Human transposon insertion profiling by sequencing (TIPseq) to map LINE-1 insertions in single cells

Wilson McKerrow, Zuojian Tang, Jared P. Steranka, Lindsay M. Payer, Jef D. Boeke, David Keefe, David Fenyö, Kathleen H. Burns, Chunhong Liu

Research output: Contribution to journalArticlepeer-review


Long interspersed element-1 (LINE-1, L1) sequences, which comprise about 17% of human genome, are the product of one of the most active types of mobile DNAs in modern humans. LINE-1 insertion alleles can cause inherited and de novo genetic diseases, and LINE-1-encoded proteins are highly expressed in some cancers. Genome-wide LINE-1 mapping in single cells could be useful for defining somatic and germline retrotransposition rates, and for enabling studies to characterize tumour heterogeneity, relate insertions to transcriptional and epigenetic effects at the cellular level, or describe cellular phylogenies in development. Our laboratories have reported a genome-wide LINE-1 insertion site mapping method for bulk DNA, named transposon insertion profiling by sequencing (TIPseq). There have been significant barriers applying LINE-1 mapping to single cells, owing to the chimeric artefacts and features of repetitive sequences. Here, we optimize a modified TIPseq protocol and show its utility for LINE-1 mapping in single lymphoblastoid cells. Results from single-cell TIPseq experiments compare well to known LINE-1 insertions found by whole-genome sequencing and TIPseq on bulk DNA. Among the several approaches we tested, whole-genome amplification by multiple displacement amplification followed by restriction enzyme digestion, vectorette ligation and LINE-1-targeted PCR had the best assay performance. This article is part of a discussion meeting issue ‘Crossroads between transposons and gene regulation’.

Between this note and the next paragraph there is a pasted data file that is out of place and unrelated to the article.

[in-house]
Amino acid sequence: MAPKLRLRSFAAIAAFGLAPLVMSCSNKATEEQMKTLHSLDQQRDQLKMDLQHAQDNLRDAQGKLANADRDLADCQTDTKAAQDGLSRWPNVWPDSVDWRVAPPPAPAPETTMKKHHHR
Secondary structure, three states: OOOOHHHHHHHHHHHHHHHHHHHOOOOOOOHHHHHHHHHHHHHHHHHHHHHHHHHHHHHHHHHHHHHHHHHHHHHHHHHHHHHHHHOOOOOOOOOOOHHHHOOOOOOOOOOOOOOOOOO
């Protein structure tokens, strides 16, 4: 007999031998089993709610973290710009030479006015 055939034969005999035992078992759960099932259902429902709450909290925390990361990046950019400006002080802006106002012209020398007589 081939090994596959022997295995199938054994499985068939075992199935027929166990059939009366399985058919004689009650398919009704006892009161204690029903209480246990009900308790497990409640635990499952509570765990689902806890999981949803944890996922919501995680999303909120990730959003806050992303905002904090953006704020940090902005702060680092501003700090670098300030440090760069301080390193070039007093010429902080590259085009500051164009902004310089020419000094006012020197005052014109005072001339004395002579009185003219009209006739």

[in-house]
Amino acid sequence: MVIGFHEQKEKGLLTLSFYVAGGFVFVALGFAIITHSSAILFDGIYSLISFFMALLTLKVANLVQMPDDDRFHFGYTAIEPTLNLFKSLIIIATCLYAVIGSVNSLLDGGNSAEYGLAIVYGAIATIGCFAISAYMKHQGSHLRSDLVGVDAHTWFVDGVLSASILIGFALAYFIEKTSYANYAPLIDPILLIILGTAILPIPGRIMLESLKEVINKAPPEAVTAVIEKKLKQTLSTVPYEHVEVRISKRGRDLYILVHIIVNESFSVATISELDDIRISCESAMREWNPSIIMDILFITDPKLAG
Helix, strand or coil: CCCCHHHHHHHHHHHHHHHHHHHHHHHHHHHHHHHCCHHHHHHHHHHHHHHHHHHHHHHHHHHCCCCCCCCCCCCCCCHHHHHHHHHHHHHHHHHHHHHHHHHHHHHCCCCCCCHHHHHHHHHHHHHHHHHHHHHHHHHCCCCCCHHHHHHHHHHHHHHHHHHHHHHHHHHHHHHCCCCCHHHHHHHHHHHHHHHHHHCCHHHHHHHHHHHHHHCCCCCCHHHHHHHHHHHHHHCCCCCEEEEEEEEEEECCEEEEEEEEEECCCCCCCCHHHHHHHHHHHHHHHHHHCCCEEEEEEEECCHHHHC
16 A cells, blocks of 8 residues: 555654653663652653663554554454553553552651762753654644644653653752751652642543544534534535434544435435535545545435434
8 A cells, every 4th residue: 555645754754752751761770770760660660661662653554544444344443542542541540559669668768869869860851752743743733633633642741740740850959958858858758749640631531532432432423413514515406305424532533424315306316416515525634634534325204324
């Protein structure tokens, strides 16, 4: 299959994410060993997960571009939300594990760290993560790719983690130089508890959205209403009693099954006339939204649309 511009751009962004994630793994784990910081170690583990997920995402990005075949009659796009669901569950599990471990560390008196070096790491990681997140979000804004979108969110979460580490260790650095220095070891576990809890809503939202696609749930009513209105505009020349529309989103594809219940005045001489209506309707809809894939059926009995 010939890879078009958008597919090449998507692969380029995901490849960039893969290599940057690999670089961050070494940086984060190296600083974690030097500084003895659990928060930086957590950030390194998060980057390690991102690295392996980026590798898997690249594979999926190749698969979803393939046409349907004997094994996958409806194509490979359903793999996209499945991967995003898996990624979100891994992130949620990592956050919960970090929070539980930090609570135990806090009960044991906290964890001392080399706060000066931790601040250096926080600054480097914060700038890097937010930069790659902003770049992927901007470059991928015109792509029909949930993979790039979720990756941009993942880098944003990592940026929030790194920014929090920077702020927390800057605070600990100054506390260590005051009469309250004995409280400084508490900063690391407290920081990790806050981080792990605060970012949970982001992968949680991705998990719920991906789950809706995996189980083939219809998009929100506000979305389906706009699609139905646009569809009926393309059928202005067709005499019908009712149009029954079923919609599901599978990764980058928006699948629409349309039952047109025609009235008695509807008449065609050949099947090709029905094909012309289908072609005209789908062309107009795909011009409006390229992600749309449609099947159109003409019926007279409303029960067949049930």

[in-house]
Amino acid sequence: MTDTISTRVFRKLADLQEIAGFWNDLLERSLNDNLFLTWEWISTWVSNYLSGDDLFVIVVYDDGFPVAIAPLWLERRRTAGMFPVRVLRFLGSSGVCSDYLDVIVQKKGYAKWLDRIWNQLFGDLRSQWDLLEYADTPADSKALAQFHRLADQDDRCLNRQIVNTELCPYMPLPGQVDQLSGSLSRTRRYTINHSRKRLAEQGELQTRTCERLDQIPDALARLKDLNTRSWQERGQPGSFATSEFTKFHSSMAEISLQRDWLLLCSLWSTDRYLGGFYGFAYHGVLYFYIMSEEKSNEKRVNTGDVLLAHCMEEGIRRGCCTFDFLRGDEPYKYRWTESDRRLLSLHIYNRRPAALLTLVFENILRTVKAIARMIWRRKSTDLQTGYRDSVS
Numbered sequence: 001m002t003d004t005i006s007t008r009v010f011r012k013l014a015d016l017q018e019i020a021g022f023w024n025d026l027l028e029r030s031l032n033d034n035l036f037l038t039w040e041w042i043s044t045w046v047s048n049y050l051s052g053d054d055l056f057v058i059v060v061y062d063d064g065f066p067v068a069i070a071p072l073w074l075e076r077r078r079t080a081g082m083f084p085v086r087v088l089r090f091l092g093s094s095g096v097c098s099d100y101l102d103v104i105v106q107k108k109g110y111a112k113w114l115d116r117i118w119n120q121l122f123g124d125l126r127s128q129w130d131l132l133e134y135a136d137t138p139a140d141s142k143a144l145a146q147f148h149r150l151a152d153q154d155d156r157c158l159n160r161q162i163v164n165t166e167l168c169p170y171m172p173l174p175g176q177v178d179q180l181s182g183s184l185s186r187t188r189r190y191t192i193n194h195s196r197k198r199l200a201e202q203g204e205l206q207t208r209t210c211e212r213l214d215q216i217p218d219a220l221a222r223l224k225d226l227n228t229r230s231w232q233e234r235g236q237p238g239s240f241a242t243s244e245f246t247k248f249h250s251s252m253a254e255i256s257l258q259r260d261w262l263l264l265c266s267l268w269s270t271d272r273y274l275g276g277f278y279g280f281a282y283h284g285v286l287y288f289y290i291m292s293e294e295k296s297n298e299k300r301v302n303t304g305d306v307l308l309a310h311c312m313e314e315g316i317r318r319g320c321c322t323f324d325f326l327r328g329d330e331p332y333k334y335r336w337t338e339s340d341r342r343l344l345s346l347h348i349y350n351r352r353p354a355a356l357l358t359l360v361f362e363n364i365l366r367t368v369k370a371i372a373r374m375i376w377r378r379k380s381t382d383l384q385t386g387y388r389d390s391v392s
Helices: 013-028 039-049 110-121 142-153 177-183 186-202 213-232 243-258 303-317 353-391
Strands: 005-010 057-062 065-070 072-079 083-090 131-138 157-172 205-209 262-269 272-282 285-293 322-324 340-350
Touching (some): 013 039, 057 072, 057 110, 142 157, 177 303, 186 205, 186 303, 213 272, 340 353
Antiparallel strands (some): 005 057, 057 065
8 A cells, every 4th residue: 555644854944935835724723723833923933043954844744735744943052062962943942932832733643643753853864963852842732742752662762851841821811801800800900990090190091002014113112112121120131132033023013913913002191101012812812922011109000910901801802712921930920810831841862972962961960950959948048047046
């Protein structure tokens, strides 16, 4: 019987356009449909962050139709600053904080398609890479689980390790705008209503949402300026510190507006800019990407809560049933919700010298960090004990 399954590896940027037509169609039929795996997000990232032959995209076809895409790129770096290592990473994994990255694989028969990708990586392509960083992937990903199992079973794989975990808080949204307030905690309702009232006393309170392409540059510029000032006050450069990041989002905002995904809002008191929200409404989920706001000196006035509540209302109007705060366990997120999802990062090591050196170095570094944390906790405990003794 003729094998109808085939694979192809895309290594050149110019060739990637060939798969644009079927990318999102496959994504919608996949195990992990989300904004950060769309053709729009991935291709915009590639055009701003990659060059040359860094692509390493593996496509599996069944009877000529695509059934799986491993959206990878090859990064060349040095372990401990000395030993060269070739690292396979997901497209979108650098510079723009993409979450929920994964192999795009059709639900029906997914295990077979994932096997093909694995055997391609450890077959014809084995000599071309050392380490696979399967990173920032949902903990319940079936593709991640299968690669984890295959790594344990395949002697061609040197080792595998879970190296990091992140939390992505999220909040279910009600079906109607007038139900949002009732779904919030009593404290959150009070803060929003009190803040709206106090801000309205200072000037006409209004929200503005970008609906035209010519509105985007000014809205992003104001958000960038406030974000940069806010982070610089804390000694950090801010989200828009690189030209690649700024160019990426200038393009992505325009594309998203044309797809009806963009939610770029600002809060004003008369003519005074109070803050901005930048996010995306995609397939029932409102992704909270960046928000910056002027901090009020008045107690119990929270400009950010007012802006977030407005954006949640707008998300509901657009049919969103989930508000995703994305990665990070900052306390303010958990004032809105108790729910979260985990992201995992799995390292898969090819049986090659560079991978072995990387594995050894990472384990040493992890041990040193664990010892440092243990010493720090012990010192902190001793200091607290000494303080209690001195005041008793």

Original languageEnglish (US)
Article number20190335
JournalPhilosophical Transactions of the Royal Society B: Biological Sciences
Issue number1795
StatePublished - Mar 30 2020


  • Mobile genetic element
  • Retrotransposon
  • Somatic mosaicism
  • TIPseq
  • Tumour heterogeneity
  • Whole-genome amplification

ASJC Scopus subject areas

  • General Biochemistry, Genetics and Molecular Biology
  • General Agricultural and Biological Sciences


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